I approached Big Ice by Christopher Bonn Jones with some trepidation; Iíd recently read a dire novel based on the effect climate change is having on the polar ice caps. Coupling that with the dullness of Al Goreís An Inconceivable Truth, I wasnít much looking forward to reading yet more facts and figures of what life is going to be like when the Earth heats up even more.
Iím so glad I didnít - ahem - judge this book by its cover. This novel is so much more than a disaster story; in fact itís not a disaster story at all, despite what the words
"melting polar ice caps" might mean to you.
Seth Peterson is a brilliant analyst working at Americas National Ice Center (N.I.C.), and heís spent a good portion of his adult life working on a theory
that could possibly help predict which polar areas are most in danger of melting and when. This would, of course, make life much easier for governments around the world as
- a) theyíd know which areas are likely to need evacuating in the event of a mass meltdown of the poles, and b) they could accurately estimate the likely times of risk.
Sethís research could change the way people think about climate change; on a personal level, would propel him to Newton-style acclaim. The only problem isÖ well... Seth. He has a horrific case of shyness.
He is so shy that he canít even speak to friends (not that he has many), let alone give an in-depth presentation on his research to a conference room packed with his fellow professionals and the worldís media.
Sethís immediate boss, Bern Harris, recommends he see a counselor. Seth reluctantly agrees in the hope of being able to keep his job. This is, however, the least of Sethís troubles. A rogue
group of environmental terrorists has gotten wind of his research and will stop at nothing to discredit Seth so that his work never sees the light of day.
Big Ice is a wonderfully absorbing read. I have very little interest in climate change
(although I know I should have), but Christopher Bonn Jonnes makes a dull subject extremely interesting. Despite the fact that much of this book is set inside a government research agency, he dumbs down the facts and figures so that reading Big Ice isnít like thumbing through a copy of someoneís dissertation. Thereís still
a great deal of useful and accurate information in here; itís just that I didnít
feel I needed a degree in environmental catastrophes to get through the book.
Warming up to Seth takes some time because he comes across as unapproachable and cold.
This was probably meant as a clever narrative tool to make his character's illness more believable, but considering he is the main character, this makes for some frustrating reading. One criticism of Sethís character is the way he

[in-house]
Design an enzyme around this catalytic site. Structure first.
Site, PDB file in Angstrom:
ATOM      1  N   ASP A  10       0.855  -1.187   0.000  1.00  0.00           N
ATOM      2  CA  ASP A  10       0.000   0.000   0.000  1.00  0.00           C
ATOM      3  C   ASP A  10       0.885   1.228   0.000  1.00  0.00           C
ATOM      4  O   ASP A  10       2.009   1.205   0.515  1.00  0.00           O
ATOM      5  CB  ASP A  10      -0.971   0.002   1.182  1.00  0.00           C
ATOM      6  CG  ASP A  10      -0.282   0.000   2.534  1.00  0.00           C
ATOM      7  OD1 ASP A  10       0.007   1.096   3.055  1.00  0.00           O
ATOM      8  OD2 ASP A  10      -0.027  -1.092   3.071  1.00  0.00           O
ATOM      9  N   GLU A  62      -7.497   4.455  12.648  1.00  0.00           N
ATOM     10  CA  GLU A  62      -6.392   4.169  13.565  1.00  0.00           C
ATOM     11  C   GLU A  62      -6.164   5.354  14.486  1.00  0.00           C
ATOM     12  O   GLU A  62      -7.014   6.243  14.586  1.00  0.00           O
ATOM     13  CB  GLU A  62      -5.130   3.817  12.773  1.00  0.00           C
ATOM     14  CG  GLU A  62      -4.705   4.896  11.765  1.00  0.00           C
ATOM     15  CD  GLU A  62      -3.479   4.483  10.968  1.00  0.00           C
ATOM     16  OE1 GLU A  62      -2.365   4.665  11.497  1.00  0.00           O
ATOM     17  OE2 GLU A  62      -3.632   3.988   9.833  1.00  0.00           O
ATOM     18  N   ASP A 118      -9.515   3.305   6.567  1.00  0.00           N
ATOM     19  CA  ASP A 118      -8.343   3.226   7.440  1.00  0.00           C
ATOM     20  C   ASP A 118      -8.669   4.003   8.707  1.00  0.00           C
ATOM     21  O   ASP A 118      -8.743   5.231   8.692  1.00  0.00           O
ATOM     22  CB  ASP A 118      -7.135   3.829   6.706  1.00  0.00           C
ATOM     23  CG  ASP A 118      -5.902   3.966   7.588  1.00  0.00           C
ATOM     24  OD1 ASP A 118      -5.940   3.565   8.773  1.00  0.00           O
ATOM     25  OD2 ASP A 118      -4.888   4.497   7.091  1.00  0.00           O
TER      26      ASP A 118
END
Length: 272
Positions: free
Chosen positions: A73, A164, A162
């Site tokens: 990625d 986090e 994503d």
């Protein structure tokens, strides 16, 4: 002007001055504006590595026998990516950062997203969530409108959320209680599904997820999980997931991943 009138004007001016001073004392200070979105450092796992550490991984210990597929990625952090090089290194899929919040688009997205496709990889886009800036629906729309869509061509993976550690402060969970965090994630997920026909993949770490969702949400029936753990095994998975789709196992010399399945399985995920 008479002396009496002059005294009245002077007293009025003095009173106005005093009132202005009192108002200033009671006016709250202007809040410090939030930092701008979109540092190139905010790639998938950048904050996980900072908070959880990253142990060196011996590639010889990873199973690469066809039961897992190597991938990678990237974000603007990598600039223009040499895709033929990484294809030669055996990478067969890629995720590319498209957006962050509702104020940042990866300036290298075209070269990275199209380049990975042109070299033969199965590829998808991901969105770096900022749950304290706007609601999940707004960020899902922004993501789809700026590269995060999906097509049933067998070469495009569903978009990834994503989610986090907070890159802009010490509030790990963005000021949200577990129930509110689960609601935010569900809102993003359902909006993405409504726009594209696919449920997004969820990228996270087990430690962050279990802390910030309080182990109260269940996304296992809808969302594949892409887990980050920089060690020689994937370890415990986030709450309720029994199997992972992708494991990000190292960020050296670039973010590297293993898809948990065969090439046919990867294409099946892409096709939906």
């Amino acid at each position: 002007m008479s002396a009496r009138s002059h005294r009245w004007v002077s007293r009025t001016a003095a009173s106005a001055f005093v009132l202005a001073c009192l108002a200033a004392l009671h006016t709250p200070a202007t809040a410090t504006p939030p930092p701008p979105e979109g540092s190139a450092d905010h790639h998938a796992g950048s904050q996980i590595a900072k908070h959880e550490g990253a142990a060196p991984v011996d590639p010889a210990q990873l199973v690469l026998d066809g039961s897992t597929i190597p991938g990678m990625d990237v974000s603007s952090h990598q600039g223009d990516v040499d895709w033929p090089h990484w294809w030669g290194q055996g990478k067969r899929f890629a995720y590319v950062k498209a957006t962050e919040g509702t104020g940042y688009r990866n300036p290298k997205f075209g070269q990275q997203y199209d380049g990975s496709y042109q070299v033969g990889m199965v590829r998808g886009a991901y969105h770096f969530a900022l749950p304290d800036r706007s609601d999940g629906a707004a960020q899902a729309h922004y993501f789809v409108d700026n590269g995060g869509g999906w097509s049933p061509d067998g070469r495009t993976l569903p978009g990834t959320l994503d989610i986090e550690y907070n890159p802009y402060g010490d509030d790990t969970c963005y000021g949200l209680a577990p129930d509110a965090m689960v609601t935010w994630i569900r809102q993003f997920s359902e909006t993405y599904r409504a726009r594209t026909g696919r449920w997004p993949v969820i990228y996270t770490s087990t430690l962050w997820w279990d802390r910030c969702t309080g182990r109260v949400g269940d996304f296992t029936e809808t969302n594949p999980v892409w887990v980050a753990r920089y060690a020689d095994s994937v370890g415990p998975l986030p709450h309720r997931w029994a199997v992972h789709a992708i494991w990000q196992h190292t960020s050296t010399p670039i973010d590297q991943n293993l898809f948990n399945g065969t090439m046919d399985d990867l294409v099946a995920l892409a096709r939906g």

is able to turn on and off his shyness. In one chapter heís having trouble even talking to a couple of his colleagues
and actually faints when asked to stand up in a departmental meeting, but twenty-some pages along heís found the courage to wisecrack a couple of police officers. I know that the
story wouldnít be very interesting if Seth were struck mute with shyness every time he encountered another person, but extreme cases of shyness like this canít be overcome overnight.
On just day three of his medication, heís able to leave it at home and function as normally as you or I. Artistic license gone mad!
The environmental terrorists Jonnes presents are a scary bunch who will, it seems, stop at nothing to disrupt Sethís life so he cannot carry on with getting his research published and funded. They murder and maim their way through the majority of the book until we finally find out exactly who they are and what they stand for.
The author obviously has a deep interest in climate change and passes on some knowledge by way of the well-written Big Ice. He tackles the (usually dull) subject in an upbeat manner and with such enthusiasm that he made me feel interested enough to carry on reading. He steers clear of using too many specialized words, which is great because I can, with no climate change interestÖ ermÖ I mean training, understand completely what heís talking about and put it into context with the current global situation.
Dialogue in the book is limited, which might be put down to Sethís problem, and this means that much of the text is descriptive. Bonn Jones is an absolute master of description; itís hard to believe this is only his second novel. By the fourth or fifth chapter, I had a picture of Seth, his office, even his apartment in my head; during a particularly graphic murder scene I could literally
"see" the body as though it were in front of me.
All in all, this is a top novel. Itís managed to get me (slightly) interested in a subject which doesnít usually float my boat, and
is a fas- paced, exciting book. If you decide to read it, the first few pages arenít the most interesting words in print.
Bear with it; youíll soon find the story fits nicely together.